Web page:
Slightly less professional but no less entertaining is DeeT's 70s Page at http://www.rt66.com/dthomas/70s/70s.html. Mr. Dee had the prescience to record almost every theme song and commercial that aired on '70s TV into a hand-held tape recorder. His recordings are beyond lo-fi, but where else can you hear the title song to Dr. Shrinker, ElectraWoman and DynaGirl, or maybe the "Ancient Chinese secret, huh?" Calgon ad? He's also got videos and vintage radio broadcasts from the "Me Decade" that, strangely enough, illustrate the fact that many station programmers haven't altered their playlists in twenty years. There's a great links section on his page, and for those who actually care about such things, a lot of memories as well. Why am I the only person I know who remembers Kaptain Kool and the Kongs? Check out http://geocities.com/Hollywood/Hills/6009 for another page devoted to all things related to Saturday-morning TV and the Cult of Krofft.
Speaking of cults, John Hattan, the "UberShamen" of the First Church of Shatnerology, based in Watauga, Texas, has devoted an entire site to the bloated greatness that is William Shatner at http://www.freespeech.org/shatner. Everybody knows about or has heard the Shat-man's brilliant spoken-word renditions of "Lucy in the Sky With Diamonds" and "Mr. Tambourine Man," but you really haven't lived until you've heard his version of Elton John's "Rocketman" ("And I'm gonna be...HIIIGGHH'"). But he's not making fun of Shatner -- not much, anyway. The site, dedicated to the great one's "magnificent toupee and girth," is all about setting the record straight on the divine aspect of Canada's greatest living export.
With that in mind, Hattan has offered up dozens of sound clips in the slightly less controversial RealAudio format, as well as links to other Shatner-related sites. (Need a Shatner look-alike for your next Bar Mitzvah?) Becoming a Shatnerologist costs you nothing, but if the Web page has any truth to it, your IQ will drop 100 points, and you'll grow soft and pimply buttocks. Shatner's people declined to comment at press time.
"The whole thing actually started as a gag on a Scientology newsgroup," Hattan explained in a recent e-mail exchange. "Just to stir the pot, I posted a top-10 list of why William Shatner would make a much finer Supreme Being than L. Ron Hubbard. Number one, he's still alive." Hattan has been spreading the gospel all over this big, blue marble, appearing in newspaper articles as far away as the U.K., where the press seemed to miss the overall gist of his message and attributed the gag to an actual organized religion. Bloody Brits.
If your tastes run a little closer to the dark side, maybe you should check out the recorded rants of Francis E. Dec, Esq. of 29 Maple Ave., Hempstead, New York. You can listen to his wild, politically incorrect screeds at http://www.ubu.com/sound/dec.html. I was first turned on to Dec during a party a few years ago, when a friend played the eerie, reverb-drenched monologues to me on a tape that he had copied for my unhealthy amusement. Dec apparently was a disbarred lawyer who lost it sometime in the early '80s, but I don't think anyone knows for sure. Embarking on a letter-writing campaign of sorts, the poor fool blanketed unsuspecting recipients with photocopied fliers that are all but unintelligible, spouting colorful doggerel about "THE 'MASTER RACE' FRANKENSTEIN RADIO CONTROLS BRAIN THOUGHTS BROADCASTING RADIO EYESIGHT TELEVISION" and "PARROTING PUPPET GANGSTER SLAVES."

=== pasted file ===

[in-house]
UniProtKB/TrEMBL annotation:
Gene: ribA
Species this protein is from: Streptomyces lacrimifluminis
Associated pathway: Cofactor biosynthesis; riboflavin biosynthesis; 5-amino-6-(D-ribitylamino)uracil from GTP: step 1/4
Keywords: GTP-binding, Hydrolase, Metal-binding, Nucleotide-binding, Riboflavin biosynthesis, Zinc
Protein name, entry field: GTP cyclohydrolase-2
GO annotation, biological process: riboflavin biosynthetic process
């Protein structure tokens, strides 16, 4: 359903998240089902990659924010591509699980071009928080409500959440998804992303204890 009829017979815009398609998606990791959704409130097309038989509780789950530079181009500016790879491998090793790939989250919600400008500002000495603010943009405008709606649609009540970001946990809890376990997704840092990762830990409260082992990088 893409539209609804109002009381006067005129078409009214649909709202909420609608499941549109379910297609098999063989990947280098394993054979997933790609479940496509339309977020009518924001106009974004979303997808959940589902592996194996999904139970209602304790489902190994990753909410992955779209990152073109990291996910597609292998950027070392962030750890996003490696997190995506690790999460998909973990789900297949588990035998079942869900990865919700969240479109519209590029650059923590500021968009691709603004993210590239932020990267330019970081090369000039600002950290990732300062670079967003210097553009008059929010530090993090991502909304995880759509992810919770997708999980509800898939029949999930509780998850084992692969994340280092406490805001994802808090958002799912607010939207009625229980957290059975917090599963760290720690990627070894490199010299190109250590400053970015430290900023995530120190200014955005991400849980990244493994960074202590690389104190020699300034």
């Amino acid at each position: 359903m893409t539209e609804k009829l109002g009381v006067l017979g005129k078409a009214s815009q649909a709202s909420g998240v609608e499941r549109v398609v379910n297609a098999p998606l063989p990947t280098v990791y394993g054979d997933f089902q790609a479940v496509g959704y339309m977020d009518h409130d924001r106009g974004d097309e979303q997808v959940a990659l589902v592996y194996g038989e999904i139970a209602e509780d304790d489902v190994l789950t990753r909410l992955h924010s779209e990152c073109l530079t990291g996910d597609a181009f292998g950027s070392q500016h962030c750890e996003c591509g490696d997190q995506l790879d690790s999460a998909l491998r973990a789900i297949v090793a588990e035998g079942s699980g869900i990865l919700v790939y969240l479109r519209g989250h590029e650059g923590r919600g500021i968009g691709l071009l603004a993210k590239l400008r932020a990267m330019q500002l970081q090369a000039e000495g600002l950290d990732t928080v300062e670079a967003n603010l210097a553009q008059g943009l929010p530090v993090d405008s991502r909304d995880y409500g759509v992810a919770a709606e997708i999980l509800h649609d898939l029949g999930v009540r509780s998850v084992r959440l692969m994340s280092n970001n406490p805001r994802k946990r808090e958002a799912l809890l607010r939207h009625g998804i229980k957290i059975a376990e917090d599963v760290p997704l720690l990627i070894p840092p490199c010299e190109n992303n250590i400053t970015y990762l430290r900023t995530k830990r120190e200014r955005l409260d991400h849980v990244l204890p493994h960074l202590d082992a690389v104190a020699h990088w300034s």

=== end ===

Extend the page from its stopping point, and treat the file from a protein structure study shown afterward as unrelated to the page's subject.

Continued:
In actuality the person on the recordings is not Francis Dec, but a Los Angeles DJ named Doc on the ROQ. While in the employment of WZUU in Milwaukee back in 1985, Doc had the good fortune of receiving one of Dec's infamous mail-outs. A year later, when he moved to Y-108 in Denver, he decided to record them, out of boredom, mixing in bits and pieces of musical accompaniment to achieve the desired ambiance. The effect is so perfect, you just might start identifying with Mr. Dec as he takes on the the Kennedys ("Playboy scum on top"), the CIA (they, of course, beat him bloody), and even his own brother. Completists may want to buy a CD copy of the collected works available from local label Trance Formation at http://www.fringeware.com/~melba/catalog.html or try Forbidden Books on Exposition. Not for the faint-hearted or culturally sensitive.
So you see, kiddies? The Internet can be a vile place. A place where danger lurks behind every HTML document, JPEG file, and AVS Check system. But it's also a place where you can find a blissful amount of aural oddities at absolutely no cost to you, the consumer. If downloading the latest questionably legal Christina Aguilera or Hole track to your Seagate isn't your thing, fire up your browser and try one of these URLs for size. And please, take it easy on the porno.
T. Erich Scholz plays bass for the Tomorrowpeople, contributes to the Dallas Observer, and is the Webmaster for various "adult" sites on the Internet in his spare time.